Unions across the country are campaigning hard for Obamacare over Labor Day weekend. The AFL-CIO has made creating a government run “public plan” their top priority. Yet polls show that most Americans strongly oppose this. So why have the self-proclaimed advocates for America’s workers made government-run health care their top priority?
Union leaders say they are fighting to win “win secure, high-quality health care for all” against greedy and self-interested corporate defenders of the status quo. Many union activists sincerely believe this. But altruism does not explain why the labor movement is spending tens of millions of dollars on this campaign.
Organized labor is campaigning for government-run health care for the same reason that the private insurance industry is campaigning against it — it is very much in their self interest. The union movement will gain billions of dollars if Obamacare passes.
The most obvious payout is the taxpayer bailout for union health plans. Many union-negotiated retiree health plans cannot pay their scheduled benefits. Rather than reducing benefits, the bill passes those costs onto taxpayers to the tune of $10 billion. But that is small potatoes compared to what the bill will do for union membership.
As it stands now, the union movement in America is withering. In the mid-1970s, a quarter of all workers belonged to unions. Now just one in eight workers do. In countries such as Canada, union membership remains high: Almost a third of Canadians belong to a union. What has happened to the house of labor in America?
In a word: competition. The higher costs that unions bring put the companies they organize at a competitive disadvantage. As deregulation and free trade have made the economy more competitive, unionized companies haven’t been able to keep up. The airlines. The steel industry. General Motors. Unionized companies shed jobs whenever they face competition.
Union membership has stayed high in just one area of the economy: the public sector. Almost 40 percent of government employees belong to unions. The government has no competitors. And it doesn’t go bankrupt. No matter how high unions raise costs, the government can always raise taxes to pay for them.
Canada’s bigger government explains why so many more Canadians belong to unions. Canada has nationalized health care, so competition doesn’t exist in their health care sector. The taxpayers cover all the costs. As a result 60 percent of Canadian health care workers and a stunning 80 percent of nurses belong to unions — more than quadruple the levels in America.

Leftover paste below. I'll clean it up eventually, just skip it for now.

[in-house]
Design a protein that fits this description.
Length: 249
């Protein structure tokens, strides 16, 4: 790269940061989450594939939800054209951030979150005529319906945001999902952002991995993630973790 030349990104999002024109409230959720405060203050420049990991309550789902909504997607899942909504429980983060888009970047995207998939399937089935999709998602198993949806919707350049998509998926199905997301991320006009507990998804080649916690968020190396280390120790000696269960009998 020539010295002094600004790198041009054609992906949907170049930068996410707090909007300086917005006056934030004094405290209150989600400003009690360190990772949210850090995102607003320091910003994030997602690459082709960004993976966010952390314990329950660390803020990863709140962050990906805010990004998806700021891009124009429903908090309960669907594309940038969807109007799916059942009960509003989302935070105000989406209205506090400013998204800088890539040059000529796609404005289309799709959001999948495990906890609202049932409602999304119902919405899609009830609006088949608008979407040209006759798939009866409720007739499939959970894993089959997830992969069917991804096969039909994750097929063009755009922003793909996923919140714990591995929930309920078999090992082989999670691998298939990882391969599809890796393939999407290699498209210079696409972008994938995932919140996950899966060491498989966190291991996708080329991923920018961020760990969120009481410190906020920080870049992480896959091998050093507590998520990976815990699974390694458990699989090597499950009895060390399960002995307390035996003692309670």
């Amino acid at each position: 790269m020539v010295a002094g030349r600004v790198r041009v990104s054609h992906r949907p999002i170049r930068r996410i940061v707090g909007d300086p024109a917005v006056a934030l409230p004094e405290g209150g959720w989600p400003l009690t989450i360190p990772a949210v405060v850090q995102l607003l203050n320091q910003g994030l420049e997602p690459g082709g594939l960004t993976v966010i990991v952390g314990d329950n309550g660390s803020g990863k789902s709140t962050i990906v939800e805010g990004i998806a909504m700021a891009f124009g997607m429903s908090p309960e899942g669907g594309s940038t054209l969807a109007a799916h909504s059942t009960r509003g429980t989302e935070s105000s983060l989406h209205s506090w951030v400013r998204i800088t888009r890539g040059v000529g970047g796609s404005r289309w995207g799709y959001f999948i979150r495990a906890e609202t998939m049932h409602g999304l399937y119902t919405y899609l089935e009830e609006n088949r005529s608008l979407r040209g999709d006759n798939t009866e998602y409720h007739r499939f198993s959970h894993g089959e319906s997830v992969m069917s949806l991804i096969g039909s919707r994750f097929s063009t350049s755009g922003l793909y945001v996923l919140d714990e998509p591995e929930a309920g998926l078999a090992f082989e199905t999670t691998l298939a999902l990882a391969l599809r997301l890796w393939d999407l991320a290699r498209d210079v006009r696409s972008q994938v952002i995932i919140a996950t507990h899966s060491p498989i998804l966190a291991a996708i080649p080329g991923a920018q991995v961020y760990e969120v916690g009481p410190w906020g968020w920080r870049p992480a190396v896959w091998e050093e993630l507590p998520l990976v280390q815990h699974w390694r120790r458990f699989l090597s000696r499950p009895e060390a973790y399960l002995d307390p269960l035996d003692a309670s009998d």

If Congress passes a “public plan,” most employers will drop their health benefits and force their workers onto the government plan. A public plan means government-run health care for almost all Americans. That would make the health care system a prime target for union organizers. Unions would quickly bring in millions of new dues-paying members.
It’s no accident that the strongest supporter of the public plan is the Service Employees International Union (SEIU). Purple-shirted SEIU activists have filled Town Hall meetings across the country to counter the angry opposition of ordinary citizens. Why? The SEIU represents nurses and other health care workers.
If the government runs health care, then the SEIU’s membership rolls will swell. If union rates among nurses in America rose to Canadian levels, then the SEIU would bring in over a billion dollars a year in new mandatory dues. Newly organized technicians and other medical support staff would add even more to that total. The Labor movement has a huge financial stake in the government dominating health care.
How to pay for this health care reform is another question. Taxes would have to rise to cover the cost, but no one wants to pay them. Many economists believe that taxing the value of employer-provided health plans would make the most economic sense. But most union members have health coverage, and their plans provide above average benefits. Many — like those at GM until recently — have gold plated benefits. So taxes on health benefits would fall heavily on union members.
Senate Democrats briefly considered this. When they did, the union movement made it clear that their commitment to “high-quality health care for all” didn’t mean their member’s taxes should go up to pay for it. Just the opposite. They threatened to scuttle health care reform if Congress taxed existing health benefits.
When you read about unions campaigning for health care reform, remember they aren’t doing so out of an altruistic pursuit of the common good. Most labor activists do believe that health care reform would benefit most Americans. But the billion-dollar payday they will collect if it passes helps motivate their impassioned efforts.